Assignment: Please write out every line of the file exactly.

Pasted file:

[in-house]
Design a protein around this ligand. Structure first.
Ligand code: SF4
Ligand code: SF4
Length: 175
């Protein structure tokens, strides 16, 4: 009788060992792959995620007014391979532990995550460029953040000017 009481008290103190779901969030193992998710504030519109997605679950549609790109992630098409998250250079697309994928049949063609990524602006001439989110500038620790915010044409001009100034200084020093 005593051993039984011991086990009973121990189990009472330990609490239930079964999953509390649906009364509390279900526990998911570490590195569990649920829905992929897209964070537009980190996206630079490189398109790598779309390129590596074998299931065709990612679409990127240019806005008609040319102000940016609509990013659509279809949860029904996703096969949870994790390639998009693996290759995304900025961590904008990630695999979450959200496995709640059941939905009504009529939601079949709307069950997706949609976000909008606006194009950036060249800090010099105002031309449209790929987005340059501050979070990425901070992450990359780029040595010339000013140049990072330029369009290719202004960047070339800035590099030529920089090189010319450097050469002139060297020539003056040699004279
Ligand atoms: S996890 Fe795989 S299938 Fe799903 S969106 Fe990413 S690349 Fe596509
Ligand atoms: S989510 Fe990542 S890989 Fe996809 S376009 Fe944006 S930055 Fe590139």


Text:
[in-house]
Design a protein around this ligand. Structure first.
Ligand code: SF4
Ligand code: SF4
Length: 175
């Protein structure tokens, strides 16, 4: 009788060992792959995620007014391979532990995550460029953040000017 009481008290103190779901969030193992998710504030519109997605679950549609790109992630098409998250250079697309994928049949063609990524602006001439989110500038620790915010044409001009100034200084020093 005593051993039984011991086990009973121990189990009472330990609490239930079964999953509390649906009364509390279900526990998911570490590195569990649920829905992929897209964070537009980190996206630079490189398109790598779309390129590596074998299931065709990612679409990127240019806005008609040319102000940016609509990013659509279809949860029904996703096969949870994790390639998009693996290759995304900025961590904008990630695999979450959200496995709640059941939905009504009529939601079949709307069950997706949609976000909008606006194009950036060249800090010099105002031309449209790929987005340059501050979070990425901070992450990359780029040595010339000013140049990072330029369009290719202004960047070339800035590099030529920089090189010319450097050469002139060297020539003056040699004279
Ligand atoms: S996890 Fe795989 S299938 Fe799903 S969106 Fe990413 S690349 Fe596509
Ligand atoms: S989510 Fe990542 S890989 Fe996809 S376009 Fe944006 S930055 Fe590139």